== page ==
We’re Not Doing Video Tweets

We commented a few hours ago on a claim in the Telegraph newspaper that Twitter is considering the addition of video to the service, and expressed skepticism about the report. That skepticism seems well-founded, as Twitter co-founder Biz Stone replied to our inquiries today by email, essentially debunking the article’s premise:

Haven’t read the piece but no video hosting. 140 characters of text including spaces. You know the drill!

Twitter’s (Twitter) position is sound: if the site were to duplicate the functionality of existing apps, it could undermine the trust of developers who invest huge amounts of time, money and energy in creating applications for the Twitter ecosystem.

That said, Twitter does lose out when it comes to multimedia: adding in-line thumbnails for images and videos (even if that content is hosted on 3rd party sites) would make for a much richer experience that could match Facebook’s (Facebook) news feed for image and video sharing. Yes, in-line multimedia can be done with apps like TweetDeck (TweetDeck), but that’s non-obvious and an extra step for those more familiar with the leading social network. Even this could bring Twitter into conflict with developers however: if multimedia support were added, would there be default services in the same way Bit.ly is the default URL shortener?

Such moves would be made with caution, if at all. Stone’s comment sums up Twitter’s philosophy nicely: keep it simple, with as few extra features as possible.

Image courtesy of iStockphoto (iStockphoto), Fotoie

New Facebook Lawsuit: This Time, Over Online Privacy Laws

When you are well known and have some cash in the bank, you’re probably going to get sued at least once in your life. When you are Facebook (Facebook) and you have 250+ million users, increase the amount of lawsuits by a factor of 10 or so. Yes, Facebook has been sued once again, this time for allegedly misleading members on the use of their personal information and for violating California privacy laws.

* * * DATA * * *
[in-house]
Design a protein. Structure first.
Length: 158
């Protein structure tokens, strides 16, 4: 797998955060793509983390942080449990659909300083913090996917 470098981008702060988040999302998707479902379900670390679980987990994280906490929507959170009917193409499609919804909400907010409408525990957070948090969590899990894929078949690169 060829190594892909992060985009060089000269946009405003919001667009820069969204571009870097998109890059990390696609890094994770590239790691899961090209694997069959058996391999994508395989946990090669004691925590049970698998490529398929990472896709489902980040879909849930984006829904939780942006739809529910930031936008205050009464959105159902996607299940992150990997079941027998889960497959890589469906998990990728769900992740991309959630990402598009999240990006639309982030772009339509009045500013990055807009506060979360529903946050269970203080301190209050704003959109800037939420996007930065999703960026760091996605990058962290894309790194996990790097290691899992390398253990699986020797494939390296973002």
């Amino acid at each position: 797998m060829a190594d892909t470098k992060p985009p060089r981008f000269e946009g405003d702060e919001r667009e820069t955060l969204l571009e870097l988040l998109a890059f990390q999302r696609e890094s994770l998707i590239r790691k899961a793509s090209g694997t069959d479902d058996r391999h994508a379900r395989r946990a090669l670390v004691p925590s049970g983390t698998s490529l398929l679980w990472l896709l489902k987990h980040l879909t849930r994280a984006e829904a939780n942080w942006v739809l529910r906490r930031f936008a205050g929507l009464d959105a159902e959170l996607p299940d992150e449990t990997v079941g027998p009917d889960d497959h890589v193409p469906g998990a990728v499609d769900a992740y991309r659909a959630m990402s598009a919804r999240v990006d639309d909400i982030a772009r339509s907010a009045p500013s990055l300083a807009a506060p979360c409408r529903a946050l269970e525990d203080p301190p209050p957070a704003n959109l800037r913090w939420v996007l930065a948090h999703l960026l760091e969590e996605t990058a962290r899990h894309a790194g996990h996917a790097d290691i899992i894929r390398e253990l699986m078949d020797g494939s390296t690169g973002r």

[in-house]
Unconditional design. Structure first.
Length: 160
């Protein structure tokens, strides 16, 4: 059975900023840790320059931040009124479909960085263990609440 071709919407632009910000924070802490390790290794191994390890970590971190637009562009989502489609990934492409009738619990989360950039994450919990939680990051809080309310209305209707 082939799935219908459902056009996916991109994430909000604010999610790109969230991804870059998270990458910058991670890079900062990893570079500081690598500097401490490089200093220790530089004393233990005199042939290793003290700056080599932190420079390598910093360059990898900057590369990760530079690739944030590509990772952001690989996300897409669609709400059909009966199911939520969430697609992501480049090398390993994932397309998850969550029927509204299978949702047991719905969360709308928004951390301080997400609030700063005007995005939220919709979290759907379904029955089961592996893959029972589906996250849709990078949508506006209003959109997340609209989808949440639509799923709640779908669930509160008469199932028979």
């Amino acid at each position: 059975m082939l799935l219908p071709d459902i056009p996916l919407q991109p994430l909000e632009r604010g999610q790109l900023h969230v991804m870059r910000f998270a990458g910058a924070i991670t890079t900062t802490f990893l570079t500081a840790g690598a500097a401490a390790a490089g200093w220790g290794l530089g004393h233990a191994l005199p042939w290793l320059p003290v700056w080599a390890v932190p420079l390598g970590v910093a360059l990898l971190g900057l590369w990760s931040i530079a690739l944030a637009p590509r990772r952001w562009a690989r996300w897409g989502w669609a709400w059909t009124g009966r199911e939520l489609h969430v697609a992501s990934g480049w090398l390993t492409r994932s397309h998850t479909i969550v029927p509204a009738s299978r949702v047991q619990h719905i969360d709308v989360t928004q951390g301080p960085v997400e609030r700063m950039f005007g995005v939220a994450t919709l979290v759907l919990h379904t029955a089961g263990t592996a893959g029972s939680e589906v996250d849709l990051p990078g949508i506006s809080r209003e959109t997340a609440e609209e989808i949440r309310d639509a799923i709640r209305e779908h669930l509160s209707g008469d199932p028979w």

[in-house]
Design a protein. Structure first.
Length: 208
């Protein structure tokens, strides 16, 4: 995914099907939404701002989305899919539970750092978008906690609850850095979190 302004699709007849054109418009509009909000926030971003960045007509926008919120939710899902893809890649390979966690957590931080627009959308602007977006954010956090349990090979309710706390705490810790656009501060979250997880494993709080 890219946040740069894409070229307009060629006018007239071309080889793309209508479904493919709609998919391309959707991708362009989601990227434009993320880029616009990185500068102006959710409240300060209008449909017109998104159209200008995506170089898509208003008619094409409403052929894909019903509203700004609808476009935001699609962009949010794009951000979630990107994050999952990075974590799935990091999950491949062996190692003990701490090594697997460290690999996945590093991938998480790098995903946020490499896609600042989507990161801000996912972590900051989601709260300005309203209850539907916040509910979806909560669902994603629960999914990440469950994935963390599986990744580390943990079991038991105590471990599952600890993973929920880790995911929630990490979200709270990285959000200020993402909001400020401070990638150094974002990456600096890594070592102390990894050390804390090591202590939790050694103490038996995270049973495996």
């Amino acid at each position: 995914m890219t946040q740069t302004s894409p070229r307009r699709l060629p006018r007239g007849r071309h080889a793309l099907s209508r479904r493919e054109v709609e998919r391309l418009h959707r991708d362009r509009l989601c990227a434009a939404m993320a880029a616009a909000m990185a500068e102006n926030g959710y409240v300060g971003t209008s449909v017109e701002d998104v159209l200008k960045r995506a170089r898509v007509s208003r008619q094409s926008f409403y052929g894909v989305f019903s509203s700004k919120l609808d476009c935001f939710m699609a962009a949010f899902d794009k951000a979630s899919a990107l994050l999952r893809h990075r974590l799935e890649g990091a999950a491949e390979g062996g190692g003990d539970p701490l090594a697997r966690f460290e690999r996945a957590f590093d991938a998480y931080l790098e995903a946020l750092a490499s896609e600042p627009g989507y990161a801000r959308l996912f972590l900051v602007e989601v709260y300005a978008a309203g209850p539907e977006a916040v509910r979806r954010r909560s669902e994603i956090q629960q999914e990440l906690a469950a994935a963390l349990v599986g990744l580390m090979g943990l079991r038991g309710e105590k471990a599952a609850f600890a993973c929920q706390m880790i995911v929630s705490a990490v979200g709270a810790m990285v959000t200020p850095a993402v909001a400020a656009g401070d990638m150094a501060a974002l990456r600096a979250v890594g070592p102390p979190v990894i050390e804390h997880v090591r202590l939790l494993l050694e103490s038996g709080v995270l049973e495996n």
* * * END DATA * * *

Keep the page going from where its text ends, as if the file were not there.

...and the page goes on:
The Orange County lawsuit was filed on behalf of five Facebook users, according to the AP – a photographer, an actress, two children under 13 (despite needing to be 13 or older to legally use Facebook) and a “user of the original Facebook.” It seeks monetary damages, attorney’s fees, and a trial by jury.

As you’d expect, Facebook believes that there is “no merit to this suit” and intends to fight it. We could go on and on about past Facebook lawsuits, many of them similar to this one. There was the lawsuit seeking $70.50 in damages, the text messaging lawsuit, the iKimbo patent, a class-action lawsuit for Facebook Beacon, the famous ConnectU debacle, and most recently, Power.com suing Facebook over data ownership. We’re pretty sure this list is nowhere near comprehensive.

Look: Facebook faces these types of suits all the time, and most of the time they are either dismissed or settled. Yes, Facebook’s had some thorny affairs with privacy, but recently they’ve been moving in the right direction with Facebook Democracy. Allowing users to vote on their own Terms of Service and letting them vote on changes is more than most sites offer. Besides, this lawsuit complains about common practices being illegal, such as changing the Terms of Service. It essentially rails against Facebook for 40 pages on practically every one of its featurse.

From the parts that we’ve read, we suspect that this California lawsuit doesn’t worry Facebook very much at all.

Facebook App for iPhone 3.0 Announced


facebook logo

Facebook for iPhone app is one of the most downloaded and popular app in the App Store. Why? Because Facebook users with iPhone or iPod Touch can do almost everything from their handsets with this Facebook app for iPhone.

Today, a Facebook employee posted a note on Facebook announcing the new Facebook  app for iPhone 3.0. It’s been a long time since the Facebook app got a major upgrade another than language updates.

Facebook App for iPhone 3.0 Announced

Facebook for iPhone 3.0 will go through a major upgrade with almost everything revamped (atleast, that’s what the screenshot shows). Not ll major features will be added in this release. Some have been saved for the iPhone 3.1 release too.

Facebook for iPhone 3.0 Features